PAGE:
If your preparation for a self catering holiday at Tegfan involves tracking down the nearest Tesco and putting in your normal order plus some extras, please pause for a moment. There is an alternative to consider.
Driving along Feidr Fawr to Kiel House will take you 3 or 4 minutes; walking along the lovely Feidr Fach will take you 10 minutes and your custom will support a valued community resource for this small village.
Dinas’s village shop is surprisingly well-stocked. As well as the staples, there’s pesto and olives, not to mention local honey, dressed crab, pembrokeshire cheeses and other very local products on the shelves.
And the kindness of the shop-keepers is legendary:
The owners of Kiel House, in Dinas Cross, are “chuffed to bits” after scooping three prestigious awards in five months.
Philip and Meinir Simpson have run the busy local store for the past eight years. Their hard work was recognised in May when, as reported in the Western Telegraph, they won the Pro Retail Spirit of the Community award.
Since then the accolades have started to roll in. The couple won the My Shop is Your Shop gold award two months ago and more recently the Independent Achiever’s Academy Top 100 award, singling them out as one of the best 100 independent shops in the UK.
The awards were judged by mystery shoppers, who visited Kiel House unbeknown to its owners. “The first thing we knew about it was the certificate coming through the post,” said Philip. “I was pleased but I didn’t much look at it. It was only a few days later I realised what it was. I’m chuffed to bits with that. There’s a lot of shops in the country.”Philip and Meinir have worked hard to make Kiel House more than a village shop. They deliver to elderly customers and holiday cottages, run a laundry and dry cleaning drop off point, advertise local events and support local charities. Both are ardent fundraisers for Cardigan’s MS centre.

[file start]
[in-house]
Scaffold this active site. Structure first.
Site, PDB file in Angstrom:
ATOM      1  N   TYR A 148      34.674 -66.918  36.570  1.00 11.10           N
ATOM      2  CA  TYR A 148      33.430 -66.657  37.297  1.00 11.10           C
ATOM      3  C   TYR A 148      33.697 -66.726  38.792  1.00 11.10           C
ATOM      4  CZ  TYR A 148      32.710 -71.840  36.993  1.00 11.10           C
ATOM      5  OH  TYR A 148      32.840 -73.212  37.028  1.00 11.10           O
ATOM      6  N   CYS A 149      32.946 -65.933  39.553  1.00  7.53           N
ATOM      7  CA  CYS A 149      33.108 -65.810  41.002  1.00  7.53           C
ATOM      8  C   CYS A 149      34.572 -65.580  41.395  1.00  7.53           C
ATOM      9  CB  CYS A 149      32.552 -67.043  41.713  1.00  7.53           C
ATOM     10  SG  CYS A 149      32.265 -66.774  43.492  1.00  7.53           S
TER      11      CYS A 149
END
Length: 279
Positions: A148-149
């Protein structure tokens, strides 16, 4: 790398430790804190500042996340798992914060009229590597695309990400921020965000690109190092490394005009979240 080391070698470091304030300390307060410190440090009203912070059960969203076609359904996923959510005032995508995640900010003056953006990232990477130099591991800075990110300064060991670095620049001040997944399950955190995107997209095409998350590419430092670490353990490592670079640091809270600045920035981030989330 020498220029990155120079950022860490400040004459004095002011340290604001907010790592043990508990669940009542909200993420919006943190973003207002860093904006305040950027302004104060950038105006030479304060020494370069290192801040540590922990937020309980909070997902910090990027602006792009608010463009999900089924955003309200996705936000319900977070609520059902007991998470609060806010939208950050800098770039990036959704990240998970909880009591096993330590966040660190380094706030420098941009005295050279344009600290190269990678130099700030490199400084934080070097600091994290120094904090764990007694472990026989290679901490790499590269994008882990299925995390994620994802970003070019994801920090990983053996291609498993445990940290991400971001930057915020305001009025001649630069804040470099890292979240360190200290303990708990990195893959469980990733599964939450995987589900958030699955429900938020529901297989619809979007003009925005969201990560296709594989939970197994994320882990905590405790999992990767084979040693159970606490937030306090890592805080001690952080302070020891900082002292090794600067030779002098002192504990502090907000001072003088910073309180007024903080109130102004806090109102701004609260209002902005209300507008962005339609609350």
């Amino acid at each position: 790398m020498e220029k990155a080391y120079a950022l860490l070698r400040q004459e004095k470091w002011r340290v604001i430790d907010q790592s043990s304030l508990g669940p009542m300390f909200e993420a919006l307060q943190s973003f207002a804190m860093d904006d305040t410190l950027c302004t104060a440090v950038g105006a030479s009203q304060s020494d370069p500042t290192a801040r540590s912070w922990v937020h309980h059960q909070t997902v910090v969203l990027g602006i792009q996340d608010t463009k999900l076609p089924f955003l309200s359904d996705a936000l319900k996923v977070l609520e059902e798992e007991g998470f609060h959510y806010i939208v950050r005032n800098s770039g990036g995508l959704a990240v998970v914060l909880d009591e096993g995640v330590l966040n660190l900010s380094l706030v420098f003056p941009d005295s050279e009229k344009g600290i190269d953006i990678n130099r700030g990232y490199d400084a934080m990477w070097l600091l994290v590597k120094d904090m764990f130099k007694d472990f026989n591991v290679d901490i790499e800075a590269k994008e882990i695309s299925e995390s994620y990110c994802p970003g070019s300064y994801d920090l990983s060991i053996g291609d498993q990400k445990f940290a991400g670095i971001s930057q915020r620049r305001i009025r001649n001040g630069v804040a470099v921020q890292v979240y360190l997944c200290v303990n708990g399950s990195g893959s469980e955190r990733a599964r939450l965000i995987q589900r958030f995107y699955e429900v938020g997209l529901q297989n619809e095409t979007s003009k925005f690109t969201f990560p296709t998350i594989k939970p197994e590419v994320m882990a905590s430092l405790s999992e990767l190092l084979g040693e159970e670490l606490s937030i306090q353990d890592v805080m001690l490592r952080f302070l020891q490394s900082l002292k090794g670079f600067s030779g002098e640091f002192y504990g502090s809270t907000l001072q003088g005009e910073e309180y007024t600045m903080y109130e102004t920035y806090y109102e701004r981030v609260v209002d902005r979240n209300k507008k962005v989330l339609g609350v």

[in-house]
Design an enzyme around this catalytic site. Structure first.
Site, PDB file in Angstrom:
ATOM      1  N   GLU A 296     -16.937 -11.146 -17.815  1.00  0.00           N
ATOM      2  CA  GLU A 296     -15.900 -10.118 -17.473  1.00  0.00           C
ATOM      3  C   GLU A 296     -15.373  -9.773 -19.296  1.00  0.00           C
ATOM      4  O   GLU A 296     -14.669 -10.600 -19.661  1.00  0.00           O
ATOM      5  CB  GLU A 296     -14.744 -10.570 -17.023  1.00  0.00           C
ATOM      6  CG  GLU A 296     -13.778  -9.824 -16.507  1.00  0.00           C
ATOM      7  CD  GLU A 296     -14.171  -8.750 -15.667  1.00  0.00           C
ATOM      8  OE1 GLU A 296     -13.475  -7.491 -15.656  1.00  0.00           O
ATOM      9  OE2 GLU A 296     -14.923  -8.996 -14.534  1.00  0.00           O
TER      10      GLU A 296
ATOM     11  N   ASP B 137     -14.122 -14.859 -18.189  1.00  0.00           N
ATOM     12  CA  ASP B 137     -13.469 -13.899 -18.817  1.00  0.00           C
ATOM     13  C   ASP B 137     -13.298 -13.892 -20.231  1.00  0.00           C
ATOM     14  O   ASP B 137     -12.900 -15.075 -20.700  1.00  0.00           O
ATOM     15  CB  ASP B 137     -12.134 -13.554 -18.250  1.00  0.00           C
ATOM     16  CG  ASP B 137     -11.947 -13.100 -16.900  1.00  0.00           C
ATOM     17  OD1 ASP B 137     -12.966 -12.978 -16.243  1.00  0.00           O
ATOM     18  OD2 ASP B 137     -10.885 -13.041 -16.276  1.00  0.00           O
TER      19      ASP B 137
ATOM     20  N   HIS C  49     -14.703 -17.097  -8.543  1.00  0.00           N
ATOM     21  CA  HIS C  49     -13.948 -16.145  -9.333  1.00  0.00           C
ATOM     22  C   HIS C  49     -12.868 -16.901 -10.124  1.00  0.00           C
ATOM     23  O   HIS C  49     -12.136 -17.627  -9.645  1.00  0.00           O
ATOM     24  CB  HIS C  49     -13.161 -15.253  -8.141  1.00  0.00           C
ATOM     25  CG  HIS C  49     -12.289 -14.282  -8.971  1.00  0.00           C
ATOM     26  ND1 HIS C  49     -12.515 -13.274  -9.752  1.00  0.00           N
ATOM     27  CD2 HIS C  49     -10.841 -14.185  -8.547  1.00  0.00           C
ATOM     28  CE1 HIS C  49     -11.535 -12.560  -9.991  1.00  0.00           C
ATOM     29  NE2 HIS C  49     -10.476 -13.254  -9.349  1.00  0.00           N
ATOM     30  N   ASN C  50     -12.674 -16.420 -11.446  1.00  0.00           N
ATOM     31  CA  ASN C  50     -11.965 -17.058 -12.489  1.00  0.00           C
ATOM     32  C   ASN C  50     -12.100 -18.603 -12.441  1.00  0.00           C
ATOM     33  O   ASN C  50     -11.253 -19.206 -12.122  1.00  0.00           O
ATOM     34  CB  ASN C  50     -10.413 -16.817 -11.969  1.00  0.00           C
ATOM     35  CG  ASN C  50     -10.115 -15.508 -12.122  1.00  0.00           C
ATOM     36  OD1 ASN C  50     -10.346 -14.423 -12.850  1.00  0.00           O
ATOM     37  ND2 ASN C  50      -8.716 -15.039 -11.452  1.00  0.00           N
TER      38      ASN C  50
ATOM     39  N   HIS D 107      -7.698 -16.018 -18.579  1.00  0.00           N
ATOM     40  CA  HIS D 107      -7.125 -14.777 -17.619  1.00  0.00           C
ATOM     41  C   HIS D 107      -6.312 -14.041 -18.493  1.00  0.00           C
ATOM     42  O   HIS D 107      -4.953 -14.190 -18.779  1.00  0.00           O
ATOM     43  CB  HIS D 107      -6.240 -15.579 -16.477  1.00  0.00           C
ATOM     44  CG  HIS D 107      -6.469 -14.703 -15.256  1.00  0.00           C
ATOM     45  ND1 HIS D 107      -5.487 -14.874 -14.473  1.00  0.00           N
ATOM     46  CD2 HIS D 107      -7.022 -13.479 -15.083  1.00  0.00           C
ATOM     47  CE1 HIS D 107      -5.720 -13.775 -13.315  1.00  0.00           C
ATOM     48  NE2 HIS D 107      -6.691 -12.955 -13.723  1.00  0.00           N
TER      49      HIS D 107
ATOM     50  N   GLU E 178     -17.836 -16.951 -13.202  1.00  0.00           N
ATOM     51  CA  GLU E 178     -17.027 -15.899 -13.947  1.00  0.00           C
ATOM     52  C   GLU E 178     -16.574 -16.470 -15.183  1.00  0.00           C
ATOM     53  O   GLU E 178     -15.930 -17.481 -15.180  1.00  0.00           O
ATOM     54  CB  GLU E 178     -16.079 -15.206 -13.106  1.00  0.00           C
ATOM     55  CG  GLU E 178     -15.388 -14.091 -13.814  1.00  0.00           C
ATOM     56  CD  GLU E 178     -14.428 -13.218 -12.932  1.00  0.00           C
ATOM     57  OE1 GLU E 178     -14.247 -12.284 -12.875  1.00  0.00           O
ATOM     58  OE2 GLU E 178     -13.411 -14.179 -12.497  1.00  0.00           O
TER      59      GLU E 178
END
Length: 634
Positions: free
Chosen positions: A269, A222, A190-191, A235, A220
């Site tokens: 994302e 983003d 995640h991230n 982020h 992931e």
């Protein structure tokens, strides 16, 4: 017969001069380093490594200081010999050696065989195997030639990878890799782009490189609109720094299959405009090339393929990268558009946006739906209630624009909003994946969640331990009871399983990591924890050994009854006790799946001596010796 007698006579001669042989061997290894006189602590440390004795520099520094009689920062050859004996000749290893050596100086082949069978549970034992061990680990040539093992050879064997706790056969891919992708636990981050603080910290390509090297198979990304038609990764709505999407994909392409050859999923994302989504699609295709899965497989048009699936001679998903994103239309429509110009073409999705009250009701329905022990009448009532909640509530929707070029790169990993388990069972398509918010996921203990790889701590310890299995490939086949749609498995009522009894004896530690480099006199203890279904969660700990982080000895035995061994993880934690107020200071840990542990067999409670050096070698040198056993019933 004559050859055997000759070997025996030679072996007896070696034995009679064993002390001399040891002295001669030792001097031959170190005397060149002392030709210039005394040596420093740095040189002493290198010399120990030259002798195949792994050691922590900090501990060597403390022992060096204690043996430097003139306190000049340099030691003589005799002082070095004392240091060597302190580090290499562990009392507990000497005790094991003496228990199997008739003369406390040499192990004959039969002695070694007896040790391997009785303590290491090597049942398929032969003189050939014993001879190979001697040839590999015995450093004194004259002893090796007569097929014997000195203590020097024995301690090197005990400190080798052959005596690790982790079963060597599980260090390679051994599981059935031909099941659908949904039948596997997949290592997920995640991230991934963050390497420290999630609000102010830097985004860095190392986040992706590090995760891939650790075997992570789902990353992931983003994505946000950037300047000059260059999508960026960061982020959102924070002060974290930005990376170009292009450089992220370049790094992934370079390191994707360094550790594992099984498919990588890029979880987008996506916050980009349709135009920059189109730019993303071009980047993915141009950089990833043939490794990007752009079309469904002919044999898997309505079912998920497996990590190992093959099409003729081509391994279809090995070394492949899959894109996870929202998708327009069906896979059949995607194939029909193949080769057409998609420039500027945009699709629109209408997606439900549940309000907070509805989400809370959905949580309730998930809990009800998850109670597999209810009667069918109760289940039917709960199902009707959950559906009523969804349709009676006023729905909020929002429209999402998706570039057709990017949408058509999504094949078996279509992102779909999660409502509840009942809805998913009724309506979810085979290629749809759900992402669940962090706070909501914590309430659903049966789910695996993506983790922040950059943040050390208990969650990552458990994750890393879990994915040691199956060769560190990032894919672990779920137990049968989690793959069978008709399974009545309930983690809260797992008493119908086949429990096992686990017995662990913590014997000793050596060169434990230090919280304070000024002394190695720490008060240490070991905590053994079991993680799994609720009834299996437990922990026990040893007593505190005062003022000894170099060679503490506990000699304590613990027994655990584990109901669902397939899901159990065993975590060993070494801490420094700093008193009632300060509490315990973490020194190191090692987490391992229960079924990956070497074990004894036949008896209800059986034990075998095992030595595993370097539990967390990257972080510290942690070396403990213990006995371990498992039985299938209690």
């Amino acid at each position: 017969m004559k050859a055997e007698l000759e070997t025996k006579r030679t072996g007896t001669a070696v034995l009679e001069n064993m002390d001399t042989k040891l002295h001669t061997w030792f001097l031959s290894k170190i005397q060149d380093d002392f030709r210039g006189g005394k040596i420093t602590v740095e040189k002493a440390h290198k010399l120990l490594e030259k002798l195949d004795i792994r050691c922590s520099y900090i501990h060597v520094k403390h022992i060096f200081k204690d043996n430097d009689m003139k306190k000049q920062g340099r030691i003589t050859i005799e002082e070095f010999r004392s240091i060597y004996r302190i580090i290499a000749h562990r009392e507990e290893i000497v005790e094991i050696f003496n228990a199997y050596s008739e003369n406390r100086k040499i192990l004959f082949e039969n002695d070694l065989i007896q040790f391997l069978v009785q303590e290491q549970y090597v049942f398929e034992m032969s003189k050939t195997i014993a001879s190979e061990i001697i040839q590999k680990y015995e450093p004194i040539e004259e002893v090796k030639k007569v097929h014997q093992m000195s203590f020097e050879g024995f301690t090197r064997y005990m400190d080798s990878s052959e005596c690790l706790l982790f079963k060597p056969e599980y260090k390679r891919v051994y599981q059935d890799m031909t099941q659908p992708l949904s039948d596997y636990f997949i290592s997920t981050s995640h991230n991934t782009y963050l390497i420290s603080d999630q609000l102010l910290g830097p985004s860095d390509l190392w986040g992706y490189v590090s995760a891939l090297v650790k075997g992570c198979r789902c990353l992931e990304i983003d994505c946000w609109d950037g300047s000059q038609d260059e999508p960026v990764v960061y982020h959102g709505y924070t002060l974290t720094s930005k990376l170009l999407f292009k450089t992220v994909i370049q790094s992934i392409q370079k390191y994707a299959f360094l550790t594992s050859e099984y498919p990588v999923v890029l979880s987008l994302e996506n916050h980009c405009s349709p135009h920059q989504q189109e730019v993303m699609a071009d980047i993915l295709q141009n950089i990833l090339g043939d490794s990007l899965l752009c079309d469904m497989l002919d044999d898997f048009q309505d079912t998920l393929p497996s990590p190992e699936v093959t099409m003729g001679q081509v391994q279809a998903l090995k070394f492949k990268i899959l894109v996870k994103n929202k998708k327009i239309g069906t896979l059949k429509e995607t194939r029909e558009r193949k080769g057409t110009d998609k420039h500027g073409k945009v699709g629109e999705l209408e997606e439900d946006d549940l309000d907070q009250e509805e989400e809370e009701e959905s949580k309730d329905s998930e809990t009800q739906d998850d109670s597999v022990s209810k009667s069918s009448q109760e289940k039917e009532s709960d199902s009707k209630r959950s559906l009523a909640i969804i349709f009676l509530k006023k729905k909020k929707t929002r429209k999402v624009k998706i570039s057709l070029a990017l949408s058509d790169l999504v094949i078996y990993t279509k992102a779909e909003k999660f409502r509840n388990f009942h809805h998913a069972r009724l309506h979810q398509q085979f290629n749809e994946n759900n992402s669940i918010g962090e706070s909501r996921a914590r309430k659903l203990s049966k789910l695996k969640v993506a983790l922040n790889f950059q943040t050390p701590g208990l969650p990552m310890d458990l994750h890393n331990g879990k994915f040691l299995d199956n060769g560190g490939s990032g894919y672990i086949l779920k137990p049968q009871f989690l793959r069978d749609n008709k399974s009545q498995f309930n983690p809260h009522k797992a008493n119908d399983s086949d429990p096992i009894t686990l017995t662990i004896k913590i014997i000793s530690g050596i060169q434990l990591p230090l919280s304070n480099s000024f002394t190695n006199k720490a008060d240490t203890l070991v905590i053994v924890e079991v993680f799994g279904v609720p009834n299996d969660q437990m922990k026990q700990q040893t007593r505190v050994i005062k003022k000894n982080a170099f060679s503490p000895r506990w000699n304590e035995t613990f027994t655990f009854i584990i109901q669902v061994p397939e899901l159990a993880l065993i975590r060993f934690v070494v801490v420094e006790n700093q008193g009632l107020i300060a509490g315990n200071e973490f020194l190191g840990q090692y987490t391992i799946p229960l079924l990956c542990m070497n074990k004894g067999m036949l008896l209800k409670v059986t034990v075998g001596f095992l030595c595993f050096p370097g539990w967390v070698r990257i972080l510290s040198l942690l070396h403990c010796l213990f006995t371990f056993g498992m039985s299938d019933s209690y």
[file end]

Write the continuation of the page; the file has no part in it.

They are also first responders, who go to the aid of elderly customers if a personal alarm is set off, and check up on their regulars if they don’t come in for a couple of days. “I think the shop is an important part of the local community,” said Philip. “People meet here, see their friends and catch up with what’s going on in the area.”
When asked if the shop was in the running for any more awards he said: “I’ll keep an eye on the post.”
One minute’s walk from Kiel house, behind the petrol pumps, is another small shop. At one end is the post office; the rest of the shop has a range of everyday essentials and wonderful treats – such as home-made bara brith, sponges and cup cakes.
And for anyone who needs more than a hint from me to change the habit of a life-time, I suggest Dr Thomas Hastings’ report at the Saïd Business School (University of Oxford). If you can tolerate wide-spacing and big margins on the screen, his work on The social and economic importance of convenience stores makes for interesting reading.